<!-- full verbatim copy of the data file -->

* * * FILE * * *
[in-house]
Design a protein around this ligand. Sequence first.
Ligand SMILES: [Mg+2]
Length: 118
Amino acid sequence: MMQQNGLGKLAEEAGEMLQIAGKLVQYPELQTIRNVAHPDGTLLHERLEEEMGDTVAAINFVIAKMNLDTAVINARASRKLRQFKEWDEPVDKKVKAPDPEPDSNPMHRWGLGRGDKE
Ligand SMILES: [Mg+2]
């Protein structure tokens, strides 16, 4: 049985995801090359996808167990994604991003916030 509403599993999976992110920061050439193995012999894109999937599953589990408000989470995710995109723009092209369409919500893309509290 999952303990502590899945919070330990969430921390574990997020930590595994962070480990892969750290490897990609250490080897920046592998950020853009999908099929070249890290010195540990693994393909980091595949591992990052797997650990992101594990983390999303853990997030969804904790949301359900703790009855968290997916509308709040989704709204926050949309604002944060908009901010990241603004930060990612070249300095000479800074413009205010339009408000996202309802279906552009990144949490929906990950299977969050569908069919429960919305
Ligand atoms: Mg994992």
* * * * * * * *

[in-house]
Design a protein around this ligand. Sequence first.
Ligand SMILES: [Mg+2]
Length: 118
Amino acid sequence: MMQQNGLGKLAEEAGEMLQIAGKLVQYPELQTIRNVAHPDGTLLHERLEEEMGDTVAAINFVIAKMNLDTAVINARASRKLRQFKEWDEPVDKKVKAPDPEPDSNPMHRWGLGRGDKE
Ligand SMILES: [Mg+2]
């Protein structure tokens, strides 16, 4: 049985995801090359996808167990994604991003916030 509403599993999976992110920061050439193995012999894109999937599953589990408000989470995710995109723009092209369409919500893309509290 999952303990502590899945919070330990969430921390574990997020930590595994962070480990892969750290490897990609250490080897920046592998950020853009999908099929070249890290010195540990693994393909980091595949591992990052797997650990992101594990983390999303853990997030969804904790949301359900703790009855968290997916509308709040989704709204926050949309604002944060908009901010990241603004930060990612070249300095000479800074413009205010339009408000996202309802279906552009990144949490929906990950299977969050569908069919429960919305
Ligand atoms: Mg994992």